During the Saturnalia, indeed, slaves were granted the utmost freedom to express themselves and behave as they pleased, while masters would host banquets for them, exchanging gifts of all kinds and values.

During these festivities, the “Princeps Saturnalicius” was elected, a sort of king of the feast who had the task of directing the whole affair, to put it simply.

It is clear, then, how the Feast of Fools is a direct remake and adaptation of this ancient custom.

From Ancient Rome to the Middle Ages

Feast of Fools - Pieter Van der Heyden
Fête des fous, Pieter Van der Heyden, 1559, p.d.

Just like the Saturnalia, the Feast of Fools, known in Latin as Festum Fatuorum or Festum Stultorum, was celebrated in December between Christmas and Epiphany, specifically around New Year’s, and was also called by other names such as the “Feast of the Ass,” “Feast of the Innocents” or “Children,” or even “Feast of the Deacons.” It was organized by the clergy and held throughout Europe, particularly in France. Everyone participated, men, women, teenagers, and children, including the organizers themselves, who were members of various orders within the ecclesiastical clergy, such as deacons, priests, penitents, acolytes, and subdeacons. The Feast of Fools was, in fact, an authentic ecclesiastical celebration.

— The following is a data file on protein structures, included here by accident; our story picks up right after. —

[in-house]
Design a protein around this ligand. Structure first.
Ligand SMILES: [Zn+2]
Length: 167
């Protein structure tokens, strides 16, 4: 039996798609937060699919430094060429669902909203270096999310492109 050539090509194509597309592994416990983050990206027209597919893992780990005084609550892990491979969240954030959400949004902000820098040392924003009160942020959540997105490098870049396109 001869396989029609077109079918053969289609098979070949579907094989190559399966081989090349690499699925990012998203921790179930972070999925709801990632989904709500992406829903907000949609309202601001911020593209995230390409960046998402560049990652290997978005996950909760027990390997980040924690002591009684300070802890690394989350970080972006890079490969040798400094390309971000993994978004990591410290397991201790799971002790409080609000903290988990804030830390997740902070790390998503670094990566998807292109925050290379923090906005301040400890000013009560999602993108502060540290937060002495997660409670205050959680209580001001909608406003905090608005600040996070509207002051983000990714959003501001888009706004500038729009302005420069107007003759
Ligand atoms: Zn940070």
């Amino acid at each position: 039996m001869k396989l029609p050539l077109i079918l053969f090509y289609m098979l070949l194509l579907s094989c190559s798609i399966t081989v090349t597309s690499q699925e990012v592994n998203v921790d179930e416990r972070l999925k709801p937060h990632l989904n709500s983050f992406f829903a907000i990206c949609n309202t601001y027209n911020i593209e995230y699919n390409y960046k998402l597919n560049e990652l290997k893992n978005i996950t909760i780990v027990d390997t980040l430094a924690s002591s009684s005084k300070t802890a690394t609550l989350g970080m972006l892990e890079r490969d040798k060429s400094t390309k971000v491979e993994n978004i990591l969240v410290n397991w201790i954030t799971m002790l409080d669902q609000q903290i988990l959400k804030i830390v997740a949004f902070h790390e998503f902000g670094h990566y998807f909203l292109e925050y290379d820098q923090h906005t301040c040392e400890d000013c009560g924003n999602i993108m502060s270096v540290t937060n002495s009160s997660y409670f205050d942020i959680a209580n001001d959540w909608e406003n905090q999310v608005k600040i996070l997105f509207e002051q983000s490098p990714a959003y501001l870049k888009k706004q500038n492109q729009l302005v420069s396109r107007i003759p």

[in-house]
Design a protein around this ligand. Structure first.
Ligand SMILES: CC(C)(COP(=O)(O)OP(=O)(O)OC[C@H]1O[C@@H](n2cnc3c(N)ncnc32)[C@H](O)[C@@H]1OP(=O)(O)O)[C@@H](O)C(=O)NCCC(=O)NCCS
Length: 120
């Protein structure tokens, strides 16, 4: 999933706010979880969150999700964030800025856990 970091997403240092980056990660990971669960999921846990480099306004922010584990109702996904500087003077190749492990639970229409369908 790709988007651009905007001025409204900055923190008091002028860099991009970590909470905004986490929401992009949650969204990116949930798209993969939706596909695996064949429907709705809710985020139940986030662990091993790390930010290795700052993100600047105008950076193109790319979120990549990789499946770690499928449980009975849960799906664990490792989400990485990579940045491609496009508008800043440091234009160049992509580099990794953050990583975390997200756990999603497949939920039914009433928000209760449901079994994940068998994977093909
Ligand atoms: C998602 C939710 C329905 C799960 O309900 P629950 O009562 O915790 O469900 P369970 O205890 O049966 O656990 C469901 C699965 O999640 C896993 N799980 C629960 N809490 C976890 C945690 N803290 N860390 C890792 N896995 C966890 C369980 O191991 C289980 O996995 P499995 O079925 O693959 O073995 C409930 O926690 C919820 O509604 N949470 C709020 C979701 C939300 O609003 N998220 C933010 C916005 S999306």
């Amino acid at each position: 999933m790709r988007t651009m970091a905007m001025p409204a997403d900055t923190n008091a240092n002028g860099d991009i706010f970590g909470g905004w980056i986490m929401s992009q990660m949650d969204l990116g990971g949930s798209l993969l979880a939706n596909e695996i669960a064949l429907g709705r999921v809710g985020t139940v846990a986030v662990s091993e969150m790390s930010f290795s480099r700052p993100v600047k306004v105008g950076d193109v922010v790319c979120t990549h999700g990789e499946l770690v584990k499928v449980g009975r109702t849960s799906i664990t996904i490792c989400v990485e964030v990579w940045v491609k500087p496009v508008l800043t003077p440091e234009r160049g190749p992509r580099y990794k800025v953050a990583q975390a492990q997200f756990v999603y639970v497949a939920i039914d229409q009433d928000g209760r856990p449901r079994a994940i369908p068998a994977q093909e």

Each of them had a specific day dedicated to their festivities, starting from Saint Stephen’s Day onward, and the most unique and “foolish” celebrations were reserved for the subdeacons’ feast days, which took place between New Year’s and Epiphany.

The festivities involved not only masks, disguises, dances, banquets, and gifts of all kinds but also true religious parodies.

Pranks were played, and in other words, this feast was used as a way to overturn the traditional and rigid order that everyone had to abide by, especially for those young people who, subjected to strict ecclesiastical discipline, felt free to express themselves during those days without the risk of punishment or, worse, persecution.

Feast of Fools in a Cathedral - menard
Feast of Fools in a Cathedral, Ménard 1752, p.d.

In practice, it was a complete reversal of society and normal social roles: often, priests and clerics would dance, sing obscene songs, dress up as women, madmen, monsters, and beasts, wear clothes backward, and burn the soles of their shoes instead of incense (?!?! I can’t explain this one either because I’m still trying to understand it myself, but considering it’s the Feast of Fools, there’s not much to explain).